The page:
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What retailers can learn from Europe’s top performers about transformation

With e-commerce being the fastest growing segment of the retail market in Europe and North America, it would be natural to assume that the online store should be the key focus for retailers. However, in reality, this is not so clear-cut.

Following recent research from Google and e-commerce consultancy Practicology, we have found that many of Europe’s top retailers are focussing more on combining both their digital and physical store offerings in order to stand out and succeed in a competitive market.

The research evaluated the omnichannel customer experiences of 223 retailers across 10 European countries, grouping retailers into four categories by score: Leaders, Followers, Majority, and Latecomers. This allowed us to identify the big differences between retailers in terms of performance, and to spot new best practice approaches that other retailers can learn from.

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We found that only 11% of the retailers in the study are regarded as ‘Leaders’ when it comes to the experiences they offer — with most of these based in the UK, France, and the Netherlands. However, almost 80% of the retailers in the study were revealed to offer experiences that fail to meet the expectations of today’s curious, demanding, and impatient consumers.

 In order to compete with the best, retailers should learn from the example set by category leaders. We found in our study that Europe’s leaders are taking five key approaches to deliver exceptional customer experiences. 

  • In-store tech integrating the online and offline experience.

We found that top – or ‘leader’ – retailers are 3.5 times as likely to provide barcodes, QR codes, NFC (near-field communication), or beacons in-store to allow customers to obtain more product details. They’re also twice as likely to have in-store kiosks or other digital devices that help connect online and offline experiences.

  •  In-store promotion of online proposition and easy to use click and collect 

In Europe, the leading retailers are 90% more likely to clearly sign-post where their click and collect area is located in their stores. They’re also 65% more likely to use their physical stores to clearly promote their online shop.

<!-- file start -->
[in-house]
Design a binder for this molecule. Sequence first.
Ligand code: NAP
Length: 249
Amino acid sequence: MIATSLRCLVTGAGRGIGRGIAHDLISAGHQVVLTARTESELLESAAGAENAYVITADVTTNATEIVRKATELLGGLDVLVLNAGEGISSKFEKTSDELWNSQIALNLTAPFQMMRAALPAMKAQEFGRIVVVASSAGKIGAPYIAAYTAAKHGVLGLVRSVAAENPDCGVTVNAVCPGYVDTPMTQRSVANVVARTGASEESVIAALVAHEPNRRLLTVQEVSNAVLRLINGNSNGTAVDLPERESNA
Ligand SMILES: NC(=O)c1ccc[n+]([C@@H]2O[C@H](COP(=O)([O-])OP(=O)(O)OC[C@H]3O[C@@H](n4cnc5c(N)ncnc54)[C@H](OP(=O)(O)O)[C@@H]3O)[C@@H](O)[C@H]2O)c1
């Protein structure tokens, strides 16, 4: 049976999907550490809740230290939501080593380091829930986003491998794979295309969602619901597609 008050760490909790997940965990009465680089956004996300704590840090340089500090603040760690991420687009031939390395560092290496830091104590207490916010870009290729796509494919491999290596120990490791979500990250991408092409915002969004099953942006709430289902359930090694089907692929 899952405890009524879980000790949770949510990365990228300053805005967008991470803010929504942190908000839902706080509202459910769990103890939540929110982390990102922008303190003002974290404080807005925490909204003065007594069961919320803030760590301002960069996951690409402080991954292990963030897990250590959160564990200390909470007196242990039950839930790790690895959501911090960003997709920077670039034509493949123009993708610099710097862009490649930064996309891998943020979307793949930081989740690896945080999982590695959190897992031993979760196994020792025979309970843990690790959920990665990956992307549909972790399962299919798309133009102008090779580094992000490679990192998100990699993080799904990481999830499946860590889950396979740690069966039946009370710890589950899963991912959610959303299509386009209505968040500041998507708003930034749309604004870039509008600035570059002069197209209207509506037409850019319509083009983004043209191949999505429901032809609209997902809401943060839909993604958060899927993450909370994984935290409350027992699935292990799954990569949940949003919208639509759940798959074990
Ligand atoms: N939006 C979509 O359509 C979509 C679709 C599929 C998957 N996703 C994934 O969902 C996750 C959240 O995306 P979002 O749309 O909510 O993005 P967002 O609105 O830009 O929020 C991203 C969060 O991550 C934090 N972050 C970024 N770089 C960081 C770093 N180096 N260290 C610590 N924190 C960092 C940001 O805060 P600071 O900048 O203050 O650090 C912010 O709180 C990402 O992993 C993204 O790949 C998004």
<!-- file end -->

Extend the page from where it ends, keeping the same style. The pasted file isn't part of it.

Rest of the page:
• Online promotion of in-store events 

The top retailers promote special in-store events or offers on their website, while just 11% of non-leading retailers effectively promote in-store events or offers on their website.

  • Remove friction between channels 

Retailers must ensure customers can move seamlessly between channels and devices. Leaders in the field are 80% more likely to offer gift cards that can be bought and redeemed both online and in-store.They’re also 60% as likely to offer wish lists that sync across all devices, based on a customer’s account. 

  • Fast delivery and expectation management 

The best-performing retailers are more likely to offer next day delivery for at least some online orders, and are forthcoming with expected delivery or collection times, by including them on product detail pages. 

  • The long road to transformation

The top performing retailer of those we measured was Decathlon, and it is reaping the rewards of incorporating many of these key five approaches. 

 Its omnichannel customer experience scores of 79% and 74% in Spain and France were achieved through a wide range of tactics, including deploying in-store kiosks so customers can access product information, check availability, and connect the online and offline experience.

 Online services and other propositions are also clearly promoted throughout stores, and the website lets users set personal preferences like their favourite sports or interests. A final, crucial point is that Decathlon’s store locator page is clear and easy to use, with detailed information.

 However, very few retailers were classed as ‘leaders’, reflecting the difficulty of retail transformation. It requires cross-organisational buy-in and a new way of thinking about the customer – taking an omnichannel approach and busting internal silos. It’s clear that transformation is not about a website – it is about the entire approach to omnichannel shopping. 

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